Meanwhile, I am facing a milk crisis of my own. I have discovered that sweetened condensed milk is being elbowed off the shelf by Sweetened Creamer. My neighbourhood mini-markets tried to palm me creamers instead of condensed milk, twice. Creamers are not milk. They are made from soya bean and other stuff. I have never liked creamers, sweetened or otherwise. I grew up on condensed milk - Susu Chap Junjung, Frisian Flag, Dutch Baby, Gold Coins, Teapot, Blue Cross and lately F&N. Now I can only get my condensed milk from a shop in Jalan Gasing and not at the usual places. Even TMC doesn't stock them. Why? Cows dried up?
If it is a question of price ( it has gone up by 20 cents actually), condensed milk addicts like me would not mind the hike, justified or not. Cigarettes shot up too but I did not see many people giving up cigarettes. Neither do I see shopkeepers trying to pass off ersatz cigarettes as the real McCoy. The existence of ersatz cigarettes is not the question here.
So there I was this morning at DSH Cafeteria, suspecting my Nescafe. Remind me to ask Jiwa Lara whether they used creamer instead of condensed milk.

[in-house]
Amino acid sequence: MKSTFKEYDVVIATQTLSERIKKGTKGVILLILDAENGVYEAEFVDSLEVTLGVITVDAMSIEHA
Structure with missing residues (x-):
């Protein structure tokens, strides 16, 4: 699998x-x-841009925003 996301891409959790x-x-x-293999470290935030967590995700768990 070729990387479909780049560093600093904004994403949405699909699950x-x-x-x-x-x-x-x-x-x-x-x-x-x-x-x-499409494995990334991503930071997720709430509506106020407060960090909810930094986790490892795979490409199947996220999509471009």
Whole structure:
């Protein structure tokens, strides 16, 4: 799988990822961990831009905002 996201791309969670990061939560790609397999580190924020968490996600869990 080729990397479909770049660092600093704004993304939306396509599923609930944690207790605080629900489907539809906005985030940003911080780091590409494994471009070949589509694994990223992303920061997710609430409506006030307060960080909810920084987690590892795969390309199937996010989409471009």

Labels: Condensed Milk, Milk Scheme
LET US ALL HELP
Saturday, August 04, 2007
A young man is missing.
When you are out, keep a look out.
Labels: appeal, Missing person, Salhi
ONE MORNING IN CHATUCHAK MARKET
Thursday, August 02, 2007
I hate travelling when I do not have enough money with me. It affects my mood and my snapshots. The free tickets and free hotel room should not be wasted though and I have not been to Bangkok since the 80s. Thus, immediatley after making sure that Persatuan Veteran RTM's AGM went smoothly, I flew to Bangkok.
The ladies wanted to visit Chatuchak Market on Sunday and I tagged along. Chatuchak Weekend Market or JJ as it is known to the locals is a recent tourism product. It is huge - 35 acres and more than 15,000 stalls and shops selling myriads of things. There is even a stall selling teh tarik
(with the tea puller wearing songkok
). Note the Thai spelling of teh tarik
There are plenty of buskers. I saw (and heard) an old man with a violin, a very young boy on the Thai wooden xylophone and a very small girl crooning Thai numbers on a small toy microphone.
This busker in front of the freshly squeezed orange juice stall plays the guitar and sings. He has a harmonica attached to his face. I heard his guitar and his voice. I also heard a saxophone but I could not find the saxophone anywhere. No box of synthesizer, no minus one player. Where did the saxophone come from?
I found the answer a few steps away. Across the road was this young boy in a school uniform blowing the very same song that the guy with the guitar was belting out. Talk about synergy and good business sense.
The ladies got fed up of seeing me sitting down on every vacant stool available (One stall even offered me a reclining chair). After lunch at the MBK Food Court,they asked Wann, our kind Thai friend to send me back to the hotel via the Skytrain. The ladies went back to Chatuchark on their own in the afternoon.
Labels: Chatuchark Market, Thai buskers